Sunshine Bags for patients in our local hospital. We coordinated with the local Chamber of Commerce and two community groups to purchase bags, pencils, and activity books. Our teens stuffed the bags (including sharpening the pencils) and created get-well cards for the patients.
Adopt a Pet Tote Bags - Teens decorated tote bags to send to a local animal shelter.
Dog Toys for Charity: Teens created toys for dogs at the local shelter.
Pet Emergency Kits: Teens created emergency kits for the local shelter.
Love Letters for Literacy - Teens create literacy kits for young children in need.
Social Media: We asked teens to create social media posts promoting the Library (this wasn’t as popular as we had hoped—we’ll try it again soon!)
#WeWereHere Project - Created by the Illinois Library Association, but they accept submissions by teens across the country. This project aims to document the teen experience during the pandemic. Teens can submit personal stories, video diaries, photo journals or other pieces of work to be uploaded to the #WeWereHere Project site. Service hours vary based on the chosen project.
Send a Smile Today - Cards sent to cancer patients across the US.
Kindness Rocks - Teens painted rocks with positive images/messages to add to our Stars of Hope window display.
Stars of Hope - Stars for our window aimed to spread positivity within our community. More recently, stars were sent to the Jagger Library in Cape Town, South Africa, which was destroyed by wildfires.
Holiday Cookies for the INN - Teens baked a dozen cookies each, which were brought to a local soup kitchen.
Sending Smiles - Teens decorated postcards to be sent to Ronald McDonald Houses across the country.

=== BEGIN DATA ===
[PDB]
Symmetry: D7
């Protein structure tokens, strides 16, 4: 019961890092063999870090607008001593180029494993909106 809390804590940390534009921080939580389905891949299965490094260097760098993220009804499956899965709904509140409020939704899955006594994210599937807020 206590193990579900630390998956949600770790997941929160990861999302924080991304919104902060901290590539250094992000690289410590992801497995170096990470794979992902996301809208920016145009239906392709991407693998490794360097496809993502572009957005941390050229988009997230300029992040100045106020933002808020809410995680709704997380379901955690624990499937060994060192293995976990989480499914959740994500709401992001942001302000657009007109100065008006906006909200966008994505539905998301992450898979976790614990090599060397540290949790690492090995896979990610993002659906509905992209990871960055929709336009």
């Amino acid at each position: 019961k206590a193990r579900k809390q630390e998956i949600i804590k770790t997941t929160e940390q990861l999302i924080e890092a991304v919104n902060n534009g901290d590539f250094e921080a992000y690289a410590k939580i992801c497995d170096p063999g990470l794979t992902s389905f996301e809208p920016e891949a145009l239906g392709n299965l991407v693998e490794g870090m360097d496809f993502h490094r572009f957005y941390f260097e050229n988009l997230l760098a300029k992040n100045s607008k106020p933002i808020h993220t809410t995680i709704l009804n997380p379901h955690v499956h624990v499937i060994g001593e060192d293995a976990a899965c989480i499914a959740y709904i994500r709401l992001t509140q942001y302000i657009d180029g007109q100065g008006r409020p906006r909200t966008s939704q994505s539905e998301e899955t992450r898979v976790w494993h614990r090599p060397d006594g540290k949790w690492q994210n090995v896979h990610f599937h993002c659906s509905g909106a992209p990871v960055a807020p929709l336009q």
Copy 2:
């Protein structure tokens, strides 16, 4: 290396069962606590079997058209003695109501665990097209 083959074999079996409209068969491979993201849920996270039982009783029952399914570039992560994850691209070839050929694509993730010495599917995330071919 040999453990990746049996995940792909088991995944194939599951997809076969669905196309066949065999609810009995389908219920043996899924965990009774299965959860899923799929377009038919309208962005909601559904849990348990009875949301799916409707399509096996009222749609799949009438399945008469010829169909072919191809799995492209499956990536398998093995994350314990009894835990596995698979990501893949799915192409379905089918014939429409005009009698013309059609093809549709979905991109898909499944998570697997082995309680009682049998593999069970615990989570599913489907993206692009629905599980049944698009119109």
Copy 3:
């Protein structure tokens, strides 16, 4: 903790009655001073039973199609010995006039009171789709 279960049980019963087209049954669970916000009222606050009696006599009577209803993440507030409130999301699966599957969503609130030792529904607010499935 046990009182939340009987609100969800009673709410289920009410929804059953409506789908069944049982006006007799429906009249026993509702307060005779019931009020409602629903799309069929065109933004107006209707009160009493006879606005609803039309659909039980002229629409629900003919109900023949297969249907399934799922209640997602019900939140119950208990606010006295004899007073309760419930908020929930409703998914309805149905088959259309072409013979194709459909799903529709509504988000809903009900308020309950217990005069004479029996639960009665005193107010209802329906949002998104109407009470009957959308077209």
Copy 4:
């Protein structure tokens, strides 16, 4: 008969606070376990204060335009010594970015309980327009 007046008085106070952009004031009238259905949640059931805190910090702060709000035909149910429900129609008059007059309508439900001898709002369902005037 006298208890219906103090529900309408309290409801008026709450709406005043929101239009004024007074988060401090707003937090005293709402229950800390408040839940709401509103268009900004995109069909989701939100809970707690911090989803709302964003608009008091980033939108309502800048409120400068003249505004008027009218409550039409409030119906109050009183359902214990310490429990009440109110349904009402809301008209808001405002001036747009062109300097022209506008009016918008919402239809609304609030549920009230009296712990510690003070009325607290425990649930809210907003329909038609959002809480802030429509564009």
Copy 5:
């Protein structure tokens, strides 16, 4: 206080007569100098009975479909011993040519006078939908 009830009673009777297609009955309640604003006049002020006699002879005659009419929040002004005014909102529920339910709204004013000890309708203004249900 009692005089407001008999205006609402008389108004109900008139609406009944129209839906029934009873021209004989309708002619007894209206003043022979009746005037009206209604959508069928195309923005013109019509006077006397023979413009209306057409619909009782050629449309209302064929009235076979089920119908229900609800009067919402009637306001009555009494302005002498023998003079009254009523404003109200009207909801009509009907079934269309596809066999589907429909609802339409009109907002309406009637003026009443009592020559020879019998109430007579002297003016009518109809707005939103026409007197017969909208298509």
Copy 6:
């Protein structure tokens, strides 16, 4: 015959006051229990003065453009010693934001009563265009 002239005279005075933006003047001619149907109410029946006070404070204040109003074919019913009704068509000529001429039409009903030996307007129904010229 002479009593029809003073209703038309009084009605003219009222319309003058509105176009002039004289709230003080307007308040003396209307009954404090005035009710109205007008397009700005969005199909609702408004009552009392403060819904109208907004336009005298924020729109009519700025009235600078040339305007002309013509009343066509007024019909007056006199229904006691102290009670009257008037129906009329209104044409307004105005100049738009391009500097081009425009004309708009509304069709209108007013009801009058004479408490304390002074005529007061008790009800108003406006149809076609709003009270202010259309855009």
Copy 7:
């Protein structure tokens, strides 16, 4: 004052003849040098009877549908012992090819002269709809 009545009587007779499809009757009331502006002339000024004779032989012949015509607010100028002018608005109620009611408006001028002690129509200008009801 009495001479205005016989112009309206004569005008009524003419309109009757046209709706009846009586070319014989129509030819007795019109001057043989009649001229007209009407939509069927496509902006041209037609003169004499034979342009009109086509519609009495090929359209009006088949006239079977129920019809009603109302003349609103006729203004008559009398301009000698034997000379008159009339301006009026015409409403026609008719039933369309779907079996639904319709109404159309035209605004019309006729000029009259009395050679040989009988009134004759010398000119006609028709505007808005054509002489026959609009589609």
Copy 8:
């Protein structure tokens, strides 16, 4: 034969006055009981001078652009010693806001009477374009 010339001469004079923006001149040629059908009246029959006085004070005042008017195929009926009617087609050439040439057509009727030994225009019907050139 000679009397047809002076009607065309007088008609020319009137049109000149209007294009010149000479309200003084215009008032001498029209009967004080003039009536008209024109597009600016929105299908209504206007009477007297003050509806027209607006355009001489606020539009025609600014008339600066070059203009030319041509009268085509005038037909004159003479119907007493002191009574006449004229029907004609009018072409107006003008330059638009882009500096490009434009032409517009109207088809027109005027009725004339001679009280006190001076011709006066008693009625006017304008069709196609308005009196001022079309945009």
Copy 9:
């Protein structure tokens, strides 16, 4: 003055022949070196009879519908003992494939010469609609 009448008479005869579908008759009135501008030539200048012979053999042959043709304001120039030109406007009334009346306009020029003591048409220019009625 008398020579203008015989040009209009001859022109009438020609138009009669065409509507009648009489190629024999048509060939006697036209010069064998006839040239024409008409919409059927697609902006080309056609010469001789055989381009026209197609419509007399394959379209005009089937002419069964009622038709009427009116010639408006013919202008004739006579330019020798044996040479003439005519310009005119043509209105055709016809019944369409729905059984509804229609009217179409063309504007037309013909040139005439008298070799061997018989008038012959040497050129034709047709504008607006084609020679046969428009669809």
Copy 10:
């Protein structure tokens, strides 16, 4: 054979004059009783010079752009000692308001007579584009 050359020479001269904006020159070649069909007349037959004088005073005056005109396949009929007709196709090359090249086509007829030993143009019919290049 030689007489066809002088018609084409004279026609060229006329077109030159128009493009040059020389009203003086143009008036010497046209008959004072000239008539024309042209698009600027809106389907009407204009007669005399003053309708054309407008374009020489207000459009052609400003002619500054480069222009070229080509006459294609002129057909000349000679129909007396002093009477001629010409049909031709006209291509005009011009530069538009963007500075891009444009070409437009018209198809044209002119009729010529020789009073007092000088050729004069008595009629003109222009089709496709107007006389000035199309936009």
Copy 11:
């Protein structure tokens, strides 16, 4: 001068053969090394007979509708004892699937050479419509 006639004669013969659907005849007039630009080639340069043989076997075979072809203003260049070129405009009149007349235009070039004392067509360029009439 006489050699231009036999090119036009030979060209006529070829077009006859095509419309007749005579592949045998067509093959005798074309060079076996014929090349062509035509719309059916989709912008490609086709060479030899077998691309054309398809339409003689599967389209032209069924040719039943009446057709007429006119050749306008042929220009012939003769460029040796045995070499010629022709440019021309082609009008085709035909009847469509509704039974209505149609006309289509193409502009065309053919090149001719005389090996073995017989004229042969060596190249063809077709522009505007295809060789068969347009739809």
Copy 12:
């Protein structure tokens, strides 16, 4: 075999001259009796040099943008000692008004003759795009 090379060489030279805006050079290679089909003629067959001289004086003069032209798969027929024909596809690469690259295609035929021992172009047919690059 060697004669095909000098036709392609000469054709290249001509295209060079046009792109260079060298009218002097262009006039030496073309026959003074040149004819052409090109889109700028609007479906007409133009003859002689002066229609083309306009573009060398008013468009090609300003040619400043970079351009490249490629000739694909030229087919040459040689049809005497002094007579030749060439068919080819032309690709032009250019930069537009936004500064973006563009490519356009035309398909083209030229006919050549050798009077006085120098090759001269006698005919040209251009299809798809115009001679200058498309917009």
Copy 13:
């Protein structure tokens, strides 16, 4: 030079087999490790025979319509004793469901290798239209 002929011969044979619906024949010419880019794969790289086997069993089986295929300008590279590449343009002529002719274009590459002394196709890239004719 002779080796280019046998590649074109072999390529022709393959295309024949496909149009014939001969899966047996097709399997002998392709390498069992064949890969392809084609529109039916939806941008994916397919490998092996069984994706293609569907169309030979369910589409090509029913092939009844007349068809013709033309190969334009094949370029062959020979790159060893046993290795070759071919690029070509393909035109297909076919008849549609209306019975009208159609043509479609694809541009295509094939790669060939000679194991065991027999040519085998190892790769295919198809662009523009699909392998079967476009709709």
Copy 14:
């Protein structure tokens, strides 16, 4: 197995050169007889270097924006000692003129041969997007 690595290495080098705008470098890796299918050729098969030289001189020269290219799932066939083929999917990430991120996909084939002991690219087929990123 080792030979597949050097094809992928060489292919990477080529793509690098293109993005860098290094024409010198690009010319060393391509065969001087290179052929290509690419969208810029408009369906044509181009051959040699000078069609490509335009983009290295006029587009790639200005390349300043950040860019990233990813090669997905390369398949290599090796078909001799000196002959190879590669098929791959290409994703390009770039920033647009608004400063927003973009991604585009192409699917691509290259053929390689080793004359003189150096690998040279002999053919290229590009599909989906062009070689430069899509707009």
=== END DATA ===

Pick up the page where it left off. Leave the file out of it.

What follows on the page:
Veterans Day Thank You Plaques - Teens painted wooden plaques that were brought to a local VA Medical Center to thank veterans for their service.
Reason2Smile - Teens made bracelets out of recycled beads to promote social awareness and support for a school in Kenya.
Holiday Cheer Cards – Teens hand crafted cards for our local hospital’s staff and patients.
Teen Think Tank/Teen Advisory Council - Opportunity for teens to have their voices heard in the library and brainstorm with us.
Thank You Kits for Healthcare Workers - Teens decorated plastic tumblers with thank you cards for our local healthcare workers.
Special Needs: We run a lot of programs for our special needs patrons. Teens aid in preparing arts and crafts and provide hands-on help at the programs.
Storywalk: Teens helped prepare our storywalk.
Food Drives: Teens staff our lobby table and collect non-perishable food (usually coordinated with a large event like a concert). They have also collected socks for a local homeless shelter.
Lobby Table: In addition to food drives, teens have staffed a table in our lobby to distribute voter registration forms, blood donor forms, emergency preparedness kits, and more.
Research: Teens have helped us research our town’s history and helped us put together a list of all of our trustees and directors back to our founding.
Events: Teens have volunteered to help prepare arts and crafts for events such as our annual Dr. Seuss Birthday Bash, and have helped with large attendance events including Dr. Seuss, OceanCon (our Comicon), our Human Library Day, and many others.
Certificates: We created a form Certificate which we give to the teens upon completion of their service. The teen completes the form; the staff member in charge of the program simply signs off.
Once you get started creating CSOs the list seems to never end. With some imagination on your part—and often with little or no budgetary outlay—you can provide your teens with meaningful experiences that fulfill their community service obligations, provides assistance to patrons in need, and provides you with programming the community will appreciate.
Tony Iovino is the Assistant Director for the Oceanside Library. He has been in charge of programming and marketing for the last six years. Before entering the library field, he was the head of litigation for a Long Island law firm. Tony is a published author and poet.